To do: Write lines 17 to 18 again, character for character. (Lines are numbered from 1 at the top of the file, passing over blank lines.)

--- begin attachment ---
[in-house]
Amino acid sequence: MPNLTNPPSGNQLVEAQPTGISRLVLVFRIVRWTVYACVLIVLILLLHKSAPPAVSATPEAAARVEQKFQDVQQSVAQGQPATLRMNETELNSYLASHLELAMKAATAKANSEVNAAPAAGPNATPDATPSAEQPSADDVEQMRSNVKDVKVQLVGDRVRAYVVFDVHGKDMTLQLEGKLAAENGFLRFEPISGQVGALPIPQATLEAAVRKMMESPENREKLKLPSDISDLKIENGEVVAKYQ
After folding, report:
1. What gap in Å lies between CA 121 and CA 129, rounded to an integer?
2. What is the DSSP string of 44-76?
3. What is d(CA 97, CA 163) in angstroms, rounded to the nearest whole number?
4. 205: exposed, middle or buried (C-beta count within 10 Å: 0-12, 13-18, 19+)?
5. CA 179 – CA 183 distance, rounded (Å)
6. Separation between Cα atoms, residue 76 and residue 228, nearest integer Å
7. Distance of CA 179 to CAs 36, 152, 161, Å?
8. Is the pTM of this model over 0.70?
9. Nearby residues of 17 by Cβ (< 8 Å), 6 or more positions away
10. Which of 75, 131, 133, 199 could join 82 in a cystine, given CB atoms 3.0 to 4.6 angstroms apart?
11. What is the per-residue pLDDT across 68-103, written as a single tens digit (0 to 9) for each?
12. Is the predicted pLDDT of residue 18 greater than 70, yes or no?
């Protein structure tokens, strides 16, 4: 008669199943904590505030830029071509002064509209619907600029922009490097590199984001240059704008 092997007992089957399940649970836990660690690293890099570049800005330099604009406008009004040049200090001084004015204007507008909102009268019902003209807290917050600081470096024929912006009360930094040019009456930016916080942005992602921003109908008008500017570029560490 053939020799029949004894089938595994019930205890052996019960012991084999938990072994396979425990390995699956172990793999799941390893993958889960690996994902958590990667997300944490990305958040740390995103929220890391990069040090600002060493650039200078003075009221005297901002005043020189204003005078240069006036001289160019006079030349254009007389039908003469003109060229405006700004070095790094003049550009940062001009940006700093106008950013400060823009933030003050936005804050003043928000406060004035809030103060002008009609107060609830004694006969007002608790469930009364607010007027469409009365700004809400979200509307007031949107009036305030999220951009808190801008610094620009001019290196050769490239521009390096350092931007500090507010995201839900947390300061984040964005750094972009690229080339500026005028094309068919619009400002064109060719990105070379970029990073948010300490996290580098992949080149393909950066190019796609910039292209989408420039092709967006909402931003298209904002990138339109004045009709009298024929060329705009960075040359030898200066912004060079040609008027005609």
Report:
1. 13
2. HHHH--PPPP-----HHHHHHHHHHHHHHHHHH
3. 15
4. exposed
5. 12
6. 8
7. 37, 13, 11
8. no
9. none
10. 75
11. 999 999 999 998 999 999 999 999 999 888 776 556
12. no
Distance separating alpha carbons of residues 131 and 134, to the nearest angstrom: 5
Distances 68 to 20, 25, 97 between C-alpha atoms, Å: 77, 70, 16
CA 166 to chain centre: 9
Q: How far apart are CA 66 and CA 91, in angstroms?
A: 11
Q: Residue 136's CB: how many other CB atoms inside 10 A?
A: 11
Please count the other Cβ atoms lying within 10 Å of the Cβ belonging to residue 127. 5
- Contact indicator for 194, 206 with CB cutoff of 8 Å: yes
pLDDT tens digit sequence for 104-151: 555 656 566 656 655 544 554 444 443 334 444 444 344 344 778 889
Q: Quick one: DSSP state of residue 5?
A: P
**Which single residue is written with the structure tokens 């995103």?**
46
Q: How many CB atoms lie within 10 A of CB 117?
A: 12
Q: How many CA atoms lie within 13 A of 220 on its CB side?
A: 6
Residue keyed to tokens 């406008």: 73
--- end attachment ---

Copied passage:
Report:
1. 13